The National Institute of Dental & Craniofacial Research, part of the National Institutes of Health, has awarded a grant to researchers at New York University College of Dentistry (NYU Dentistry) to explore the biological mechanisms that contribute to poor oral health and related bone loss among people with diabetes. The grant (R01DE027074), which began April 1, provides $2.2 million over five years.
People with type 2 diabetes are prone to developing periodontitis, or inflammation of the gums and supporting structures of the teeth. The International Diabetes Federation estimates that at least 55 percent of people with diabetes will develop chronic periodontitis.
Periodontitis involves an elevated inflammatory response and greater bone resorption, or the breakdown of bone tissue, by osteoclasts. Diabetes may accelerate periodontitis through metabolic dysregulation, shifts in bacterial colonization, inflammation, and bone loss.
Because bone loss and fracture risk are serious concerns for people with diabetes, Xin Li, PhD, associate professor of basic science and craniofacial biology at NYU College of Dentistry, has been working to understand the underlying mechanism for periodontal bone loss in people with diabetes. In recent studies, including one published last year in Nature Communications, Dr. Li’s research team found that succinate, an important metabolite, is significantly elevated by high blood sugar and in type 2 diabetes patients.
Succinate activates the succinate receptor to stimulate the development of osteoclasts and bone resorption. In a study in mice, periodontal bone loss was greater in normal mice with more succinate and mitigated in mice deficient in the gene for succinate receptors.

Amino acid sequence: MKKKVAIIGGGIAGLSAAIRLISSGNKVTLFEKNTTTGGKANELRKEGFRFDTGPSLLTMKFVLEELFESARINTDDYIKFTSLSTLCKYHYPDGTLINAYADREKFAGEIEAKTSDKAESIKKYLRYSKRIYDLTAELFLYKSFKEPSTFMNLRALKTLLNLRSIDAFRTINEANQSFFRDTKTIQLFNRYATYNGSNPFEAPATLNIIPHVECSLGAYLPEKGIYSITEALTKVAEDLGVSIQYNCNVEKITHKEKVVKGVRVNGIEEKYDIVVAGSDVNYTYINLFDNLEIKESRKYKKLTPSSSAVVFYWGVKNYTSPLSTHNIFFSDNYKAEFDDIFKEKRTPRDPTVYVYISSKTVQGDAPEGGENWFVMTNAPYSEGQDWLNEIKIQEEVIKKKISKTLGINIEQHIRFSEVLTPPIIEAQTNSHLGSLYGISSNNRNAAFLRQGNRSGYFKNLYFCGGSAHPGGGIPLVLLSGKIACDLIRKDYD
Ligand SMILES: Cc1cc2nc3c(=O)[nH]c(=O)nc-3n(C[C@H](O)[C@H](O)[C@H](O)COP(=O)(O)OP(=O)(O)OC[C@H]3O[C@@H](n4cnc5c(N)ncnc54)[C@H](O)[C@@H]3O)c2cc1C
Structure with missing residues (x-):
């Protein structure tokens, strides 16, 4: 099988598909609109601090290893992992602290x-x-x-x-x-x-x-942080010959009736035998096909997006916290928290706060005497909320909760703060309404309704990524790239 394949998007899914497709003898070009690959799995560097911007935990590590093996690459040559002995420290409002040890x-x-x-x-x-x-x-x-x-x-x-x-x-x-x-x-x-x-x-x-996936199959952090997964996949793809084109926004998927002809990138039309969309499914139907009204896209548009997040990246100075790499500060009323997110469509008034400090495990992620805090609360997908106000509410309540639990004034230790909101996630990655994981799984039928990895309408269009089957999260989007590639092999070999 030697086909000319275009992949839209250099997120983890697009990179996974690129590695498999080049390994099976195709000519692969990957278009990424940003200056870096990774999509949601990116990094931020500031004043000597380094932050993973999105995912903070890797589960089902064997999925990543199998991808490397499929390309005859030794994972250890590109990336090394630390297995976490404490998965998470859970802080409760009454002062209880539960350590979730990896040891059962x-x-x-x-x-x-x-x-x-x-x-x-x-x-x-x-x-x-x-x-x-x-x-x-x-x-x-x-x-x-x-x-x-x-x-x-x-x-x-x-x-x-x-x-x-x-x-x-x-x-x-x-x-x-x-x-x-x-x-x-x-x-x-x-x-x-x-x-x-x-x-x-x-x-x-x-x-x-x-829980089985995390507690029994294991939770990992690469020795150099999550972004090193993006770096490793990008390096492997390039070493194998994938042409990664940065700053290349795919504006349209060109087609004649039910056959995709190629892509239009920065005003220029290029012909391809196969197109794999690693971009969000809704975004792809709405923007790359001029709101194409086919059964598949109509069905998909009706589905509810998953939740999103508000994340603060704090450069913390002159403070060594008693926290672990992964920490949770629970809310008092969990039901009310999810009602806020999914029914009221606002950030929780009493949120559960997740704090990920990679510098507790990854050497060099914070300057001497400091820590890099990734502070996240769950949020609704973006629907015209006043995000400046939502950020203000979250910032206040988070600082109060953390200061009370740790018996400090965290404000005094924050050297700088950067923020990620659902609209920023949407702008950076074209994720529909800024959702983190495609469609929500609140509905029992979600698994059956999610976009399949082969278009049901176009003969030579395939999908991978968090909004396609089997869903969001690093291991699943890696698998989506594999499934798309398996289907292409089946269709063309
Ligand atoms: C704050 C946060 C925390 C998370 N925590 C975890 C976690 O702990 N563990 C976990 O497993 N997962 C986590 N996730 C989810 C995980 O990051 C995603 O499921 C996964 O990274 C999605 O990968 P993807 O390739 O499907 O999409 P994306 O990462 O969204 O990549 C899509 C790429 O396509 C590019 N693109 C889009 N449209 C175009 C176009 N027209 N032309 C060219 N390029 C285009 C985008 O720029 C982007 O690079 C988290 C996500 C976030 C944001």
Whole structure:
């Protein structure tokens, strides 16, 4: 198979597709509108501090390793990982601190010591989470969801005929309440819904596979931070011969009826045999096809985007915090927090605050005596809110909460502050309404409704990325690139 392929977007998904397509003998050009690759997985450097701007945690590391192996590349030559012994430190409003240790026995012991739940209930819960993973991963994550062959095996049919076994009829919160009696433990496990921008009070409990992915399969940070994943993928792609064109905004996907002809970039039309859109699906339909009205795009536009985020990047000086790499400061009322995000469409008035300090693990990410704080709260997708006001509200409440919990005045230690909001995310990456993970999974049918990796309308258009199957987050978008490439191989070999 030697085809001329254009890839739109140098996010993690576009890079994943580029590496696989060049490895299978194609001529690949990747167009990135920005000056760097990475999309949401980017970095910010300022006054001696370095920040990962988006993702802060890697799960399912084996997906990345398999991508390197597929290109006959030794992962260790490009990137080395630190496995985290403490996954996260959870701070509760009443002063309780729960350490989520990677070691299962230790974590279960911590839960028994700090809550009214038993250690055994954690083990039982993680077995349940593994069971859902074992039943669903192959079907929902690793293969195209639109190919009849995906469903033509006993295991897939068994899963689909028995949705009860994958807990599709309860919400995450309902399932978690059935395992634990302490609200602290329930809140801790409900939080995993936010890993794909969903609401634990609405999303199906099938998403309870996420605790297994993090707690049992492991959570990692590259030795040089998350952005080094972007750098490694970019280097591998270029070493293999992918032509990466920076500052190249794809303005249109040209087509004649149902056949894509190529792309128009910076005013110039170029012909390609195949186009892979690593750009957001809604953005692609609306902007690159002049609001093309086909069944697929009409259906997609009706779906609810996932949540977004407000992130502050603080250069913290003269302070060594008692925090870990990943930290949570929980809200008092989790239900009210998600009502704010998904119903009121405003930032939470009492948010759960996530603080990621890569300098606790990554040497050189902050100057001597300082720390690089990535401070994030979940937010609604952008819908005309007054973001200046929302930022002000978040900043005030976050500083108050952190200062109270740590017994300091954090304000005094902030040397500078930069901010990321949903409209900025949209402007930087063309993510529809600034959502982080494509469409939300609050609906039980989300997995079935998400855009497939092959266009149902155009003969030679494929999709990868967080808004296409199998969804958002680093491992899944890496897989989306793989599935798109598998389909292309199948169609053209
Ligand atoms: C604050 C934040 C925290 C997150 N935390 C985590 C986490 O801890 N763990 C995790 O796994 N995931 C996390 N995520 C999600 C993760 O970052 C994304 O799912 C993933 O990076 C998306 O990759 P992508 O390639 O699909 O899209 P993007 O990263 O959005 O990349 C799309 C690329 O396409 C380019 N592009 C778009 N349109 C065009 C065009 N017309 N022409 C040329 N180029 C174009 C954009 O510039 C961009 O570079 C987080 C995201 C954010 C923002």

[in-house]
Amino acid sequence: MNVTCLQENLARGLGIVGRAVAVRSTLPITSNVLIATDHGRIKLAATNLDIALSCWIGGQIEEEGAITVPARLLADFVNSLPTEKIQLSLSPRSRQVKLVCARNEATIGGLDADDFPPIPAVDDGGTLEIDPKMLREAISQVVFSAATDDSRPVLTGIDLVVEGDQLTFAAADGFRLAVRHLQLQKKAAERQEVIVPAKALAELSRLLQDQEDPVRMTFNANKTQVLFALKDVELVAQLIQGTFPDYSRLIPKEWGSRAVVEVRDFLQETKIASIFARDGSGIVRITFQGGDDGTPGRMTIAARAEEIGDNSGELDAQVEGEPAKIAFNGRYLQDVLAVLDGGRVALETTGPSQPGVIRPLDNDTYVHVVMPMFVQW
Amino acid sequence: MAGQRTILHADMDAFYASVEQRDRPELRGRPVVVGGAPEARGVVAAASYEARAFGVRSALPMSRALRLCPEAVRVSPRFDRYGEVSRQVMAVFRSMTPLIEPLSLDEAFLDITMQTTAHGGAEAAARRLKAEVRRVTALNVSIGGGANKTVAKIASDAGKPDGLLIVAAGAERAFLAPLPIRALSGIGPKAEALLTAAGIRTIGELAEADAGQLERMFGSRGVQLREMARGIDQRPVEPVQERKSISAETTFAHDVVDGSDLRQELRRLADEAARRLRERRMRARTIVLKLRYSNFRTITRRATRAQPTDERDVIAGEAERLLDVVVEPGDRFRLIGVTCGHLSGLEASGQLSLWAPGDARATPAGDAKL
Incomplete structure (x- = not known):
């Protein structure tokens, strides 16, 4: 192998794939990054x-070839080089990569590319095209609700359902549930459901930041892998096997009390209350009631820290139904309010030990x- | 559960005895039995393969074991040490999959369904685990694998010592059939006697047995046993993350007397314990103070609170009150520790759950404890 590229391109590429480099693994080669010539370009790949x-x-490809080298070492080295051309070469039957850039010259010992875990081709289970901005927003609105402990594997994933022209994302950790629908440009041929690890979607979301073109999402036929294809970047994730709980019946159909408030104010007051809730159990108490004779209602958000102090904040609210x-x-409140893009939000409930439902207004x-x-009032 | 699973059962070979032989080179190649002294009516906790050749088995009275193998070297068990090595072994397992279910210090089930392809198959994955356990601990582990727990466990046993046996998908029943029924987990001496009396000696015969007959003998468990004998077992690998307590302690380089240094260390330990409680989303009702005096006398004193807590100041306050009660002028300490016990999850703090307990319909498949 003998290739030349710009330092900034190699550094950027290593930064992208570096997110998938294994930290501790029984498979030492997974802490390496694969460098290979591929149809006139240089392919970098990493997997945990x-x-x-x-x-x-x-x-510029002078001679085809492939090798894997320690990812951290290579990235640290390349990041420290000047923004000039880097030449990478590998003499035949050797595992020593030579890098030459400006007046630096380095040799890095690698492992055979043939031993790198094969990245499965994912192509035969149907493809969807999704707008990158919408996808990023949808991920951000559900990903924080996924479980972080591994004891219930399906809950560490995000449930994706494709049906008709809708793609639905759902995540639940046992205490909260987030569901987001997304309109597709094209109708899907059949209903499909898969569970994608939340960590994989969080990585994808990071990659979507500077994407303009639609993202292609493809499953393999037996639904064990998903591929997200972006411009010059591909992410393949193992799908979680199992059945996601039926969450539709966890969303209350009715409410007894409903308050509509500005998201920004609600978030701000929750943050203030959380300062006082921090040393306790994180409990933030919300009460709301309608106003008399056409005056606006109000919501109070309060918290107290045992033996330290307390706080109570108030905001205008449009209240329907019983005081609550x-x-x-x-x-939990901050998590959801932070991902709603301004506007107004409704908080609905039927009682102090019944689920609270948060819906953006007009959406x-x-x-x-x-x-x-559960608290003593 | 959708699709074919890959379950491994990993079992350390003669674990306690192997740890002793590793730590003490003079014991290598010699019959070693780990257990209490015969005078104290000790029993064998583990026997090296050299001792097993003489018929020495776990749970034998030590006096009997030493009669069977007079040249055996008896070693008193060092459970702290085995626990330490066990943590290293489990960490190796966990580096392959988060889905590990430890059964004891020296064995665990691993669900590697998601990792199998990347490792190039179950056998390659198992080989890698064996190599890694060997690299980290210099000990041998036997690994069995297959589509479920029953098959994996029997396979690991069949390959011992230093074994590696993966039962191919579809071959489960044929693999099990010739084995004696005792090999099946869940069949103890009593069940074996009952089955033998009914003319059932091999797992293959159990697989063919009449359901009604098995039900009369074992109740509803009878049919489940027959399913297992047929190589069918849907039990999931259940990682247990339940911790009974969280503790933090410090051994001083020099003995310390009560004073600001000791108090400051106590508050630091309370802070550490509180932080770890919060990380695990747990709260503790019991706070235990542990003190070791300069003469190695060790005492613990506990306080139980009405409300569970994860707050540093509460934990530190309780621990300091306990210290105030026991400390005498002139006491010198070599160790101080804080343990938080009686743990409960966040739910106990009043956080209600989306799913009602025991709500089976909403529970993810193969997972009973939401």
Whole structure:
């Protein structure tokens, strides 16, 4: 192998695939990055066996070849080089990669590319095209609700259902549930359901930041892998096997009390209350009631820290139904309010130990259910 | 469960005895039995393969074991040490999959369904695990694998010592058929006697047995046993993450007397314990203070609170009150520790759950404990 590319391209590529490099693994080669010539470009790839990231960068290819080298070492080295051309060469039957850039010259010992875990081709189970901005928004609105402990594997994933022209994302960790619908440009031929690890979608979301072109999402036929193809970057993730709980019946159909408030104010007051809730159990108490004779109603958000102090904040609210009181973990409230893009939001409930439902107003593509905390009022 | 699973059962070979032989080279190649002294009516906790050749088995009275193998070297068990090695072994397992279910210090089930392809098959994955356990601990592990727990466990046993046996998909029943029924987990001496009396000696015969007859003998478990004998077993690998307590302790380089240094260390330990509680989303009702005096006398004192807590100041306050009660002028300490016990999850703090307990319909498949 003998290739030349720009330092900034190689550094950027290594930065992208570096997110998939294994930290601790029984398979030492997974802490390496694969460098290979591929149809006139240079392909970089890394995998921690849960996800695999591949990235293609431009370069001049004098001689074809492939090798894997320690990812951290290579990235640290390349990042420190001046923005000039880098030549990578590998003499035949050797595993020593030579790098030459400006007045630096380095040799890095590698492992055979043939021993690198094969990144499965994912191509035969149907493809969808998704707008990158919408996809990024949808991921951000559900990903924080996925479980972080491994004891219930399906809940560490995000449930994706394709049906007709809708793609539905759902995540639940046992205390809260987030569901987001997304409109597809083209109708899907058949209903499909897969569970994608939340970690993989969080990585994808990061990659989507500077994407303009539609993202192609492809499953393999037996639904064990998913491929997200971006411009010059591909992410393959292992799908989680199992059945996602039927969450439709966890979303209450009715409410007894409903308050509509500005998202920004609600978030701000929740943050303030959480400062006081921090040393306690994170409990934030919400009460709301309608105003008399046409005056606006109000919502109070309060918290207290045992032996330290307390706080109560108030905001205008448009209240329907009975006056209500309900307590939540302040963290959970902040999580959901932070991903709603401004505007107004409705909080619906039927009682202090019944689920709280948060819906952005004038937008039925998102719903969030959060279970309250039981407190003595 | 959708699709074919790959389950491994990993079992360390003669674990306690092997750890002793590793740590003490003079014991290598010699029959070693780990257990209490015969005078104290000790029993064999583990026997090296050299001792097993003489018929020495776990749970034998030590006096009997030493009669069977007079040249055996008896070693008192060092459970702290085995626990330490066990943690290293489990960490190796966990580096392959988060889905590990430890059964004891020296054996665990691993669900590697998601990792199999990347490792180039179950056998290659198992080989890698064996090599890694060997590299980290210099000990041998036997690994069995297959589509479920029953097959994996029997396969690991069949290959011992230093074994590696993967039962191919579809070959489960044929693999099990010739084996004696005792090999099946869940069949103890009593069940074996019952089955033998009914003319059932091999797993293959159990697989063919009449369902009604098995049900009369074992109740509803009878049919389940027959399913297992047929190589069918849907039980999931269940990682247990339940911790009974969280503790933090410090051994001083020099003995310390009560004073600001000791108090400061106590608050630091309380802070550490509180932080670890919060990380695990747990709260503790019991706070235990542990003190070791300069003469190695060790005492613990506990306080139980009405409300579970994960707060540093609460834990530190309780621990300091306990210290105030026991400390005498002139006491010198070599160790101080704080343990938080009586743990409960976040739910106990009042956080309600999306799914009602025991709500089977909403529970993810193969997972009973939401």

“We hypothesize that targeting succinate signaling will prevent the acceleration of periodontal disease. Our research will test this hypothesis and reveal the underlying mechanisms of succinate actions from multiple perspectives,” said Dr. Li, the lead principal investigator of this project.
The new NIDCR grant will fund research to determine whether elevated levels of succinate accelerate the progression of periodontal disease. Using mouse models, the researchers will investigate whether succinate signaling alters the oral microbiome, study the role of succinate as an inflammatory and immune mediator, and determine whether blocking succinate signaling can thwart diabetes-related periodontal bone loss.
“Because we’ve found that succinate has significant implications for periodontal disease, we hope that by understanding this novel mechanism, we can help prevent periodontal bone loss in those with diabetes,” said Deepak Saxena, PhD, associate professor of basic science and craniofacial biology at NYU College of Dentistry and one of the project’s principal investigators.
The project is a collaboration with the University of Pennsylvania School of Dental Medicine (Penn Dental Medicine). Dana T. Graves, DDS, DMSc, interim dean of Penn Dental Medicine, is also a principal investigator.